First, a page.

US markets had another green day yesterday, meaning it is the first time since November that the Dow has been up for three days in a row. A client pointed out yesterday that those countries which still use the Julian calendar, only celebrated Christmas on Monday, so they at least had a Santa Clause rally.
For the first six months of this year, the main focus will be on The Game of Thrones, both the series and real-world politics. Who will win the South Africa election? Who will be in key ministerial positions? How will Brexit turnout? What will happen with US policies now that the Democrats control the house? Where will the chips fall in the China/US trade war? Equity markets will rise and fall as sentiment and predictions change. Remember though, buying equities is for the long-term. You will still own Naspers (JO:NPNJn) and Visa (NYSE:V), long after The Trump is out of the White House.
Yesterday the JSE All-share closed up 0.40%, the S&P 500 closed up 0.97%, and the Nasdaq closed up 1.08%.
I read a good article on Quartz this morning on how investors are predicting doom and gloom for just about every major economy.
The journalist makes the argument that investors are starting to get very nervous about this bull market and inevitably what goes up must come down. I tend to be very sceptical when reading investor sentiment indicators and here's why.
Most investor sentiment indicators such as the Sentix investor index or future economic expectations minus current conditions, means nothing at all in predicting future stock performance.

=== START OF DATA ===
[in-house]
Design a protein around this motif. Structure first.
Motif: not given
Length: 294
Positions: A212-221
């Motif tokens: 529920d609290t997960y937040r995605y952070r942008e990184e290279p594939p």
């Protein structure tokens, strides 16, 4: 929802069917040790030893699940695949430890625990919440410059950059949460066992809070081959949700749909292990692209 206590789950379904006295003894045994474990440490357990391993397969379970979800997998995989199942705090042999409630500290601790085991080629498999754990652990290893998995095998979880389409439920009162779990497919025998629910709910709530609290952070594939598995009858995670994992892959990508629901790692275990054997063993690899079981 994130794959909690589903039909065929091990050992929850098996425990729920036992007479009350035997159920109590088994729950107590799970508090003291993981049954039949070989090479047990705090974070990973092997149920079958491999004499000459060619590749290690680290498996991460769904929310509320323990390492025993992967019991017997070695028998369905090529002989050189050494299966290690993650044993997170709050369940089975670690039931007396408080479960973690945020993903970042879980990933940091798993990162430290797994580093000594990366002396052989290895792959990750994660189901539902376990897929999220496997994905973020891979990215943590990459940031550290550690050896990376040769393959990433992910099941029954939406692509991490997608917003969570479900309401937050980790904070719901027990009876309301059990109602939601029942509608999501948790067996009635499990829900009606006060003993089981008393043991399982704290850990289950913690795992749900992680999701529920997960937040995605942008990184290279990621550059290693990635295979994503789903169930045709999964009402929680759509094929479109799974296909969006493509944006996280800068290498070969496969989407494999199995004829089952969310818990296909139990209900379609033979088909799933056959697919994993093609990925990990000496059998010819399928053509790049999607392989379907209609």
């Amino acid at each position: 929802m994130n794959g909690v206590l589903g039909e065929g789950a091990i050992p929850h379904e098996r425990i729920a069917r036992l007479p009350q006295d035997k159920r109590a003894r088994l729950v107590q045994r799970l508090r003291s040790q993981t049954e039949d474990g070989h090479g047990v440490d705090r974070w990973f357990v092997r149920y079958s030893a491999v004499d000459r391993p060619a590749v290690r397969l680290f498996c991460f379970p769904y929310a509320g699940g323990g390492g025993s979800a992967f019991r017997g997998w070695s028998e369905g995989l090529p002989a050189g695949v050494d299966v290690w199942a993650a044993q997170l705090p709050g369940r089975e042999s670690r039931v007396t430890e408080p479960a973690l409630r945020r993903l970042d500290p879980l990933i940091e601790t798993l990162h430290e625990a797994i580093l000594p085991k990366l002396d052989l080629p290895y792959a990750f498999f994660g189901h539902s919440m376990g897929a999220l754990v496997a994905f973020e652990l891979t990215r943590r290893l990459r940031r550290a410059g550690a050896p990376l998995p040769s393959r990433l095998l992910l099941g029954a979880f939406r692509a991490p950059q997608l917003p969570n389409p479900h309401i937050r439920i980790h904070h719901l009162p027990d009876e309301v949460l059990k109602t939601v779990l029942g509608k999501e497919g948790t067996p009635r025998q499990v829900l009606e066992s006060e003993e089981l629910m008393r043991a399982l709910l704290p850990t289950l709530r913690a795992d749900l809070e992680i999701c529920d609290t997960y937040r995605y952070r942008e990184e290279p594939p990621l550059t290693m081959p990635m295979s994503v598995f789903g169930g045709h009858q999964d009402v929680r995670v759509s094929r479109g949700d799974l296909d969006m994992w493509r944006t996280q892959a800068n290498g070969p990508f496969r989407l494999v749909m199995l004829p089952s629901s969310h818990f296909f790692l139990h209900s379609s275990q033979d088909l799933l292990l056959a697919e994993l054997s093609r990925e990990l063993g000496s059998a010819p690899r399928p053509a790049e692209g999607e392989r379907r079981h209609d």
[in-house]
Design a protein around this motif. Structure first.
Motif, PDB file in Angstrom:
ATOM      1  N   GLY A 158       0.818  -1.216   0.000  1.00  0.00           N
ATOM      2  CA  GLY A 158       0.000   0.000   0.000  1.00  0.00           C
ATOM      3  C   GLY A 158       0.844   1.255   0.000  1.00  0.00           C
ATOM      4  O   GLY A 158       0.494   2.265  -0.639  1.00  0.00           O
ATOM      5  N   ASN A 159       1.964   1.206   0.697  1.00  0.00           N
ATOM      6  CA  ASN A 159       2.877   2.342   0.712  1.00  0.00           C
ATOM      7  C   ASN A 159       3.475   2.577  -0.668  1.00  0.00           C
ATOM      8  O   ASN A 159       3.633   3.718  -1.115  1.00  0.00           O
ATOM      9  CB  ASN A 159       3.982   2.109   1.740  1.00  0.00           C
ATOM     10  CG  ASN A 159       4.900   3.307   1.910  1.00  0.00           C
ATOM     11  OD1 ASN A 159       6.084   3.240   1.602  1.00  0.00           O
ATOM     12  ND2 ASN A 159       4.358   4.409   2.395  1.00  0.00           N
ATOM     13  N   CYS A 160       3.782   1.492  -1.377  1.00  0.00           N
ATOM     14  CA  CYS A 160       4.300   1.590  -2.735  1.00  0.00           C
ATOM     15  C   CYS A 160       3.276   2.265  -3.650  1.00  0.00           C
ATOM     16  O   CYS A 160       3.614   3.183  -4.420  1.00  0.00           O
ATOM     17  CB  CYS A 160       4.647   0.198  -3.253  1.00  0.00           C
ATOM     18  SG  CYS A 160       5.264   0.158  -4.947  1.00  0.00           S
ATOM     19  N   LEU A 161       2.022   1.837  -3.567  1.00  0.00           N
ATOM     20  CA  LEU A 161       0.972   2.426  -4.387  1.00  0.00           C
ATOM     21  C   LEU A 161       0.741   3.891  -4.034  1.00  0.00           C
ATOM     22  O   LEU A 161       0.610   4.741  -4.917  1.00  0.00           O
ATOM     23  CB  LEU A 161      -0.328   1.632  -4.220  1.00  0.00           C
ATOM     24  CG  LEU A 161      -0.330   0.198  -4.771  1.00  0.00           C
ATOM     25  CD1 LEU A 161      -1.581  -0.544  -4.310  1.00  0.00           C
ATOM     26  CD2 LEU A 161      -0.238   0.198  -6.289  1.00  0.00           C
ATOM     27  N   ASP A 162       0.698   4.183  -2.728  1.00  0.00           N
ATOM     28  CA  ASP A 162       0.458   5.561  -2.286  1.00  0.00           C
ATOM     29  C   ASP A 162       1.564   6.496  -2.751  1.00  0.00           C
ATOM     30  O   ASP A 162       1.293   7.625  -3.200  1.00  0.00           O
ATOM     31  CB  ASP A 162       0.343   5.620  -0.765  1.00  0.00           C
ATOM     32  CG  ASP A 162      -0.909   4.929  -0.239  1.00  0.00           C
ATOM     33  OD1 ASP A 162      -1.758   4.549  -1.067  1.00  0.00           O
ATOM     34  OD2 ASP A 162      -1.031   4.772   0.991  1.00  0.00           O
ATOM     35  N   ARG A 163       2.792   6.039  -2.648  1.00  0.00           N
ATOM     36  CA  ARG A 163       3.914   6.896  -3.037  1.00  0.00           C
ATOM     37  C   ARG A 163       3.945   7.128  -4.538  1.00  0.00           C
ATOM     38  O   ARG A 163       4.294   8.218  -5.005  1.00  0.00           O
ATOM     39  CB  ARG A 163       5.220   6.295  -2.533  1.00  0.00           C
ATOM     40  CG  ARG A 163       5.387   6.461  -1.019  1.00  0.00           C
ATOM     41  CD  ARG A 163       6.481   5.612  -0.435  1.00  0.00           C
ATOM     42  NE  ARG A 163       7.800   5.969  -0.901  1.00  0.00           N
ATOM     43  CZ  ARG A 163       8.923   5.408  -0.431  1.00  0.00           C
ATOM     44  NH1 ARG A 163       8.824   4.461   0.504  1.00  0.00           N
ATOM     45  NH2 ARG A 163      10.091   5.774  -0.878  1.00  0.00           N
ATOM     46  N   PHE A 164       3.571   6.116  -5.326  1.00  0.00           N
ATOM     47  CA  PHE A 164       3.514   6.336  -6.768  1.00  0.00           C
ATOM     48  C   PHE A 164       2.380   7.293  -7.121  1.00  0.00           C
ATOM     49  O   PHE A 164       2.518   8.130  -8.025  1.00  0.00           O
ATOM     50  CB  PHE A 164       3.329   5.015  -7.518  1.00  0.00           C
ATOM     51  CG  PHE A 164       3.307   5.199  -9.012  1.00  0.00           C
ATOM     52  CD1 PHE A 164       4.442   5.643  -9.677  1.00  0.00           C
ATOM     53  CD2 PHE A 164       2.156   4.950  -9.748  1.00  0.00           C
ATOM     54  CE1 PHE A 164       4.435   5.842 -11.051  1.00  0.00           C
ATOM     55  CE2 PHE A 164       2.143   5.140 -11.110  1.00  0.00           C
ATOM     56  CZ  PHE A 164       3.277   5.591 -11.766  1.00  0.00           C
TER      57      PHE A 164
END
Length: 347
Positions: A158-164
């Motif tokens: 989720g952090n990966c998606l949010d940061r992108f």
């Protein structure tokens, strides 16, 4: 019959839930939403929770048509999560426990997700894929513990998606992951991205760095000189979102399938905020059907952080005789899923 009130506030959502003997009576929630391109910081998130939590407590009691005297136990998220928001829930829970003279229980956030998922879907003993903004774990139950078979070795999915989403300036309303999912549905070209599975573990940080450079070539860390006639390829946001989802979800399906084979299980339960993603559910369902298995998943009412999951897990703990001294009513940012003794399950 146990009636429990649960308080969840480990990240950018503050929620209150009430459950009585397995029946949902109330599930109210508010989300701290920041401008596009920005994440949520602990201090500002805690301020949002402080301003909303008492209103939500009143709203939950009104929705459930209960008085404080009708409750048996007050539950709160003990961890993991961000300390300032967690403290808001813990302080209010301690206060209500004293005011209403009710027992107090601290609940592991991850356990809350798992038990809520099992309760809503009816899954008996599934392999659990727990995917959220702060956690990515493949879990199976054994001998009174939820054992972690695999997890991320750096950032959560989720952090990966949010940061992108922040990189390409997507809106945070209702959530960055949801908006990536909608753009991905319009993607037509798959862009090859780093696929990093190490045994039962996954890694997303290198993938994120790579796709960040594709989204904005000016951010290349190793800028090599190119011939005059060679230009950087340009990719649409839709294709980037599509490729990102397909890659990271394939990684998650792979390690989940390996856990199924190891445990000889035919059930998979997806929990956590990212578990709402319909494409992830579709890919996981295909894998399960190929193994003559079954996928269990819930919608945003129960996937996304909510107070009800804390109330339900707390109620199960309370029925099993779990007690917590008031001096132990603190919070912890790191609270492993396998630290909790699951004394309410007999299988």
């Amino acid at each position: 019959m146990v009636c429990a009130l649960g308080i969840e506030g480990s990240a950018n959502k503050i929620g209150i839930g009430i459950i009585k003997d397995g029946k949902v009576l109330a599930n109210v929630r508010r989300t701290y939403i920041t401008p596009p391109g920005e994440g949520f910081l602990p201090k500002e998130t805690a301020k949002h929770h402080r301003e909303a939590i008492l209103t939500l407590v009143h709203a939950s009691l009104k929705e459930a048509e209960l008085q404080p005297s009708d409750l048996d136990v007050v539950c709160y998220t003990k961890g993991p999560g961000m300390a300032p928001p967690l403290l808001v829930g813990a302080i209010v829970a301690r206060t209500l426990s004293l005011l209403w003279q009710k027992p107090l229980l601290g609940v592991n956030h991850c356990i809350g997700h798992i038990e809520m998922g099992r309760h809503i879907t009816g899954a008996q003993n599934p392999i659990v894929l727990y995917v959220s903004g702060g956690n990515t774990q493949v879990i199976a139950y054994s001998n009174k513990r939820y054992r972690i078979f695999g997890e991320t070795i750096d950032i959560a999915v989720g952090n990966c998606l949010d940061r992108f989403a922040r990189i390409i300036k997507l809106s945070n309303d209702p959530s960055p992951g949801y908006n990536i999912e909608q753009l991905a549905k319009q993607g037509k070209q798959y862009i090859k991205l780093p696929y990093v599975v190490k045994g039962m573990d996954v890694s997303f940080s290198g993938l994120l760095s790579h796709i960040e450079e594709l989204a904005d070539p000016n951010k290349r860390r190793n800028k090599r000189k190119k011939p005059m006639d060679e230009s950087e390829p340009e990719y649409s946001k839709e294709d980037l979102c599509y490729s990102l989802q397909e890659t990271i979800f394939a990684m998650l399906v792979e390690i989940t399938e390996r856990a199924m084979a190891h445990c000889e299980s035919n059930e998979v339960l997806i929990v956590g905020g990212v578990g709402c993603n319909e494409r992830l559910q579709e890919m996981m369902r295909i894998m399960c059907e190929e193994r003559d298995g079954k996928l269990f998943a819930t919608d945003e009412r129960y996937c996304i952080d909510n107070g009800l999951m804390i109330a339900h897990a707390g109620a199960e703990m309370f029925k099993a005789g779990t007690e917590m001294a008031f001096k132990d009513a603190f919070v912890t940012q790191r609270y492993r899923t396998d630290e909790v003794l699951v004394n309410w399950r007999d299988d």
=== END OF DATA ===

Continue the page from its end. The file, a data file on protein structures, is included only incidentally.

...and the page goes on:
No investor or even a group of investors know for sure what is going to happen in the future, as Charlie Munger would put it, forecasting is a fools' errand.
These indexes that try to gauge fear in the markets are only right at extremes making them pretty useless as a forecasting mechanism and a market timing tool because you will only know after the fact. The Guardian reported that many economists are dead certain that we will see a global recession in 2020.
The gist of the article is still pretty much valid, which is the fact that the Eurozone, US, Japan, and Germany economies are slowing down and the rest of the world will probably follow. Misery likes company!
However, the conclusion to say at this exact time the markets will crash is totally invalid and absurd as it ignores all the other alternative probabilistic outcome. The best thing to do right now is probably to do nothing.
Spend less than you earn, save and invest the difference but most importantly don't forget to take your medicine and look at your investment statement with less frequency.
Talk of progress between the US and China means that Asian markets are flying this morning, and the JSE is 1% higher for the day so far. The Rand is also slightly stronger, trading below that phycological $/R14 level. Later today, there is South African business confidence report and a manufacturing PMI number.
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